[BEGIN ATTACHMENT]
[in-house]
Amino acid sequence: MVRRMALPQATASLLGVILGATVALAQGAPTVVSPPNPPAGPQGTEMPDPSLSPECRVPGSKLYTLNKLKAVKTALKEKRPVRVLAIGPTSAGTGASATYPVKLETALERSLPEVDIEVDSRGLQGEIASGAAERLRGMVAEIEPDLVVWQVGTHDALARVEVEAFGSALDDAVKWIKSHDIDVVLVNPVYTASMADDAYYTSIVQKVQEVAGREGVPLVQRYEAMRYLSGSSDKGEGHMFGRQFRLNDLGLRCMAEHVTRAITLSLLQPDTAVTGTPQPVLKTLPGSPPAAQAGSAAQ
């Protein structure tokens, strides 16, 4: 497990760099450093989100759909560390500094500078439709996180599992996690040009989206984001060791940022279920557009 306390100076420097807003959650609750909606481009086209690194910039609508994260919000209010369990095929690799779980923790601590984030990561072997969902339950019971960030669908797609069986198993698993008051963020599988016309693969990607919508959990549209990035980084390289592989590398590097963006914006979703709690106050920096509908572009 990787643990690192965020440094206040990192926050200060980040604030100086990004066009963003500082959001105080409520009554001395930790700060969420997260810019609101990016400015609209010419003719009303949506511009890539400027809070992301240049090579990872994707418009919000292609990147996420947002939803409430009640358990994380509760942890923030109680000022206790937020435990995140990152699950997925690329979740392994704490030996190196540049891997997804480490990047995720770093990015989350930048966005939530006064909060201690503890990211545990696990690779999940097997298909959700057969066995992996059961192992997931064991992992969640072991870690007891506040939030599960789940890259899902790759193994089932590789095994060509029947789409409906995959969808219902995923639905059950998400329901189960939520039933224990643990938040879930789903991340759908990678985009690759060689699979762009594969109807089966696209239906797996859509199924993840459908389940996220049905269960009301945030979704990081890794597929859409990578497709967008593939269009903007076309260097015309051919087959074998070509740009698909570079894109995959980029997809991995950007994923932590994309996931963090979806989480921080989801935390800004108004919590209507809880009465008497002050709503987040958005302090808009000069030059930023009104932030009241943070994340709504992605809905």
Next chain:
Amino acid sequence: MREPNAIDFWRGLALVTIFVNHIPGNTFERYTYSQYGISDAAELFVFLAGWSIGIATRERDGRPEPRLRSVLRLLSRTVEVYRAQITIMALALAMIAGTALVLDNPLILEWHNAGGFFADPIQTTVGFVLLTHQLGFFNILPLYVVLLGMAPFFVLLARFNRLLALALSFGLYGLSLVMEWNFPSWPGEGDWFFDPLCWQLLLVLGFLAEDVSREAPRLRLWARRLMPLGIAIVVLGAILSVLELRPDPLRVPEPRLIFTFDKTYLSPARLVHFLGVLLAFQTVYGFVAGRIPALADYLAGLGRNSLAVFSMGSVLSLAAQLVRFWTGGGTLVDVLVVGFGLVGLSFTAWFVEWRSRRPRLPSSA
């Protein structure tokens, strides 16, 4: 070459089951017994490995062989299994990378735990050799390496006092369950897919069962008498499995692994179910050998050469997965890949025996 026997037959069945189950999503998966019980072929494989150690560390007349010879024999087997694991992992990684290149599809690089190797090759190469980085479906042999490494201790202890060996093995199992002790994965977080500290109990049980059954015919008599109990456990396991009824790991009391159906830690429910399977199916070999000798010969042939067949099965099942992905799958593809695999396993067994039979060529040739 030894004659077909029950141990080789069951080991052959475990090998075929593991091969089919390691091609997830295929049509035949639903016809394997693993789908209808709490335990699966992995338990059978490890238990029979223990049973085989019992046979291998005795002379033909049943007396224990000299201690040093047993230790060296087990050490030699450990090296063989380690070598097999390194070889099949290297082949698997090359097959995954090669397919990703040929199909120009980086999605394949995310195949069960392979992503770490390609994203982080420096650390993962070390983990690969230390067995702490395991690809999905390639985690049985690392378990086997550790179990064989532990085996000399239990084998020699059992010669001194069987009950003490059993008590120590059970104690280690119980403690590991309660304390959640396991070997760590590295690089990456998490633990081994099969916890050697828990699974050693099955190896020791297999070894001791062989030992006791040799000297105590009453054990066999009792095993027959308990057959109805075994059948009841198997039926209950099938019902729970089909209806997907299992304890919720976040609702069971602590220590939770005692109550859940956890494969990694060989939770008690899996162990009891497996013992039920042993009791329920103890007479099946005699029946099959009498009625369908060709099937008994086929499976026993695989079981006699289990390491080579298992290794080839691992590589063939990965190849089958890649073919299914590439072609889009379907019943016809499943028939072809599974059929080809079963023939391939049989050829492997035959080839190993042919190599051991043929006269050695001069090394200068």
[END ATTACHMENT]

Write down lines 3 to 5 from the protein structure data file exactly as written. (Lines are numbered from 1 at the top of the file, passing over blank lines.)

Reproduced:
């Protein structure tokens, strides 16, 4: 497990760099450093989100759909560390500094500078439709996180599992996690040009989206984001060791940022279920557009 306390100076420097807003959650609750909606481009086209690194910039609508994260919000209010369990095929690799779980923790601590984030990561072997969902339950019971960030669908797609069986198993698993008051963020599988016309693969990607919508959990549209990035980084390289592989590398590097963006914006979703709690106050920096509908572009 990787643990690192965020440094206040990192926050200060980040604030100086990004066009963003500082959001105080409520009554001395930790700060969420997260810019609101990016400015609209010419003719009303949506511009890539400027809070992301240049090579990872994707418009919000292609990147996420947002939803409430009640358990994380509760942890923030109680000022206790937020435990995140990152699950997925690329979740392994704490030996190196540049891997997804480490990047995720770093990015989350930048966005939530006064909060201690503890990211545990696990690779999940097997298909959700057969066995992996059961192992997931064991992992969640072991870690007891506040939030599960789940890259899902790759193994089932590789095994060509029947789409409906995959969808219902995923639905059950998400329901189960939520039933224990643990938040879930789903991340759908990678985009690759060689699979762009594969109807089966696209239906797996859509199924993840459908389940996220049905269960009301945030979704990081890794597929859409990578497709967008593939269009903007076309260097015309051919087959074998070509740009698909570079894109995959980029997809991995950007994923932590994309996931963090979806989480921080989801935390800004108004919590209507809880009465008497002050709503987040958005302090808009000069030059930023009104932030009241943070994340709504992605809905």
Next chain:
Amino acid sequence: MREPNAIDFWRGLALVTIFVNHIPGNTFERYTYSQYGISDAAELFVFLAGWSIGIATRERDGRPEPRLRSVLRLLSRTVEVYRAQITIMALALAMIAGTALVLDNPLILEWHNAGGFFADPIQTTVGFVLLTHQLGFFNILPLYVVLLGMAPFFVLLARFNRLLALALSFGLYGLSLVMEWNFPSWPGEGDWFFDPLCWQLLLVLGFLAEDVSREAPRLRLWARRLMPLGIAIVVLGAILSVLELRPDPLRVPEPRLIFTFDKTYLSPARLVHFLGVLLAFQTVYGFVAGRIPALADYLAGLGRNSLAVFSMGSVLSLAAQLVRFWTGGGTLVDVLVVGFGLVGLSFTAWFVEWRSRRPRLPSSA